Cheerfully nihilistic, Benoît Jacquot’s Villa Amalia stars Isabelle Huppert as a pianist reinventing her life from scratch on the coast of Naples. O sole mio.
Sweet Nothings by Mark Wilshin
CAUTION: Here be spoilers
Isabelle Huppert is as tough as nails; the perfect choice for a heroine combining glamour, guts and grit. So it’s a real shock when already in the first reel we see her character fragile and bruised. After discovering her husband kissing another woman on the steps of a villa in Choisy Le Roi, Ann emits an existential scream worthy of Edvard Munch. Betrayed and confused she flounders, but from the void she sees an opportunity to set herself free, a small rip in her future’s fabric that she’s determined to tear wider and wider.
It’s clear Ann has done this kind of thing before, changing her name from Eliane Hidelstein and fleeing her family in Brittany for the Conservatoire at the first opportunity. Refusing to bear her neglectful father’s name, she becomes Ann Hidden, a surname that’s less clumsy in French but just as symbolic. The real Ann, she feels, is hidden somewhere deep within, beneath a thick skin of habit, comfort and expectation. So when she decides to flay herself clean, it makes for utterly spellbinding viewing.
It’s a fertile coincidence that Ann meets her old seaside playmate Georges Roehl just as she discovers Thomas en flagrant délit. Softspoken, grieving for a mother and a lover, Georges is everything Ann’s not; open, sociable and happy. Ann may be a successful music editor, burgeoning composer and chic Parisienne, but she wants out. So unbeknownst to her partner of twelve years, she gives up her name, her music and sells her sleek white apartment and Steinway pianos – after a valedictory tinkle on the ivories. And it’s not just her identity she’s deconstructing, it’s her personality too. She’s learning to say no again – “No, you can’t come before 11. I’ll be sleeping.” And symbolically, her rejection of husband, music and church, marked by an upturned chair and a sharp exit. She’s emptying the palaces to start again. Ground zero. Her one anchor is Georges. His business card becomes her rebirth certificate, taking on his bank account, his name and life. And when she bids farewell to her estranged mother, she looks out from her childhood bedroom onto a Breton horizon – a grey sky leaning on a silver sea. It’s an abstract greyness that marks her arrival at nothingness. Now it’s time to put the colour back in.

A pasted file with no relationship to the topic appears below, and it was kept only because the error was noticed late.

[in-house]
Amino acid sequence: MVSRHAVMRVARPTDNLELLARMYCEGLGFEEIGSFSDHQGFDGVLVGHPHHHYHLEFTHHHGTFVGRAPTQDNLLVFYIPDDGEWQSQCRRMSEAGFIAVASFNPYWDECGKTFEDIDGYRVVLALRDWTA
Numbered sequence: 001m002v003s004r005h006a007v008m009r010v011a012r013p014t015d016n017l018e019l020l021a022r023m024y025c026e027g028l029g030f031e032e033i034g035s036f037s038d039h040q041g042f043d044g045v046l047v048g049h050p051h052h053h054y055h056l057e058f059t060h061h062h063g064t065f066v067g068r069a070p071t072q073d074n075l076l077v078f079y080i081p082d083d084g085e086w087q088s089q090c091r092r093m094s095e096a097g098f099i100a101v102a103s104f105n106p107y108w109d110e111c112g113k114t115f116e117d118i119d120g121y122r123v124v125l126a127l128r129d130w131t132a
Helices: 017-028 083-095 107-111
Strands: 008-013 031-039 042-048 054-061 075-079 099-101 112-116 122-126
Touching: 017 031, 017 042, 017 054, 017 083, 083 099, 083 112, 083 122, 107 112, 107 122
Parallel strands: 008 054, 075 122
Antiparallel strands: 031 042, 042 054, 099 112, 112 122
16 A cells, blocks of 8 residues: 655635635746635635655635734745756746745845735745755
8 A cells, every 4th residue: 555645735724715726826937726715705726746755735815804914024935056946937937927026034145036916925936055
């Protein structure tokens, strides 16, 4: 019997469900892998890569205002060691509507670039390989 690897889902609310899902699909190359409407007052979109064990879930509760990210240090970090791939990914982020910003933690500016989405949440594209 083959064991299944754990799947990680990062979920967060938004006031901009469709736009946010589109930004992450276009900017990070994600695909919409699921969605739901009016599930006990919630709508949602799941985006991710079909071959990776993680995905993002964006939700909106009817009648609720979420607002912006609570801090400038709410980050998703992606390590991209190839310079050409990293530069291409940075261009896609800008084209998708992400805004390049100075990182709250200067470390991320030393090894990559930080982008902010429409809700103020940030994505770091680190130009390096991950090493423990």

Fleeing from her old life, she wanders Europe abandoning bags, hair and clothes like a wanted fugitive, shedding skin after skin in search of a new identity that fits. Crossing the Alpine border into Italy by foot (no paper trail), she quickly finds her home on an island near Naples in a derelict red ruin, Amalia’s villa. Despite recurring nightmares of an abandoned past, Ann finds the space in this womb with a view to mould herself anew. She develops an unlikely rapport with a gruff contadina, uncharacteristically bellowing back with a new Italian passion. She becomes Anna – colourful, Italian-speaking and free.
With its focus on a changing female identity as well as the rocky coastline and spangled seas, Villa Amalia is reminiscent of Antonioni’s L’Avventura, modernised for a powerful 21st century woman, not afraid of saying no to the wrong man. And as she takes to the sea, symbol of her spotless identity, she plunges its depths and swims so far from shore she has to be rescued by Giulia and her one-time boyfriend Carlo. Enchanted by her face from another world, Giulia takes a shine to Ann, and the two begin an easy romance. But before the final reel is out, Ann is recalled to France to attend her mother’s funeral. And after a brief reencounter with her father, she realises her flight response is too similar to that of her absent father – another itinerant musician – and decides to live again and leave her arcadian limbo for good.
Loosely based on the novel by Prix Goncourt winning writer Pascal Quignard, Villa Amalia differs quite substantially from its source. Gone the affair with an Italian doctor and the daughter’s death which unravels Ann’s Ischian idyll. Georges’ illness is marginalised here, his death providing the book’s finale, presumably of AIDS. Jacquot’s changes puts Ann firmly centre-stage, neatly encapsulating in her move from bored wife to curious lesbian her triumphant and total transformation. While the film treats homosexuality as a fairly redundant plot device, its insistent spectre throughout Villa Amalia makes it difficult to believe there’s not more to it than that. The film’s most positive relationships are, after all, gay. And with queer-bashing, AIDS grief and heterosexuals on the turn, there’s an unstraight story desperate to come out. But Villa Amalia is surprisingly inspirational and optimistic, a crash and burn course in saying no and righting the wrongs of the present.
Villa Amalia is released in the UK on 25th June 2010.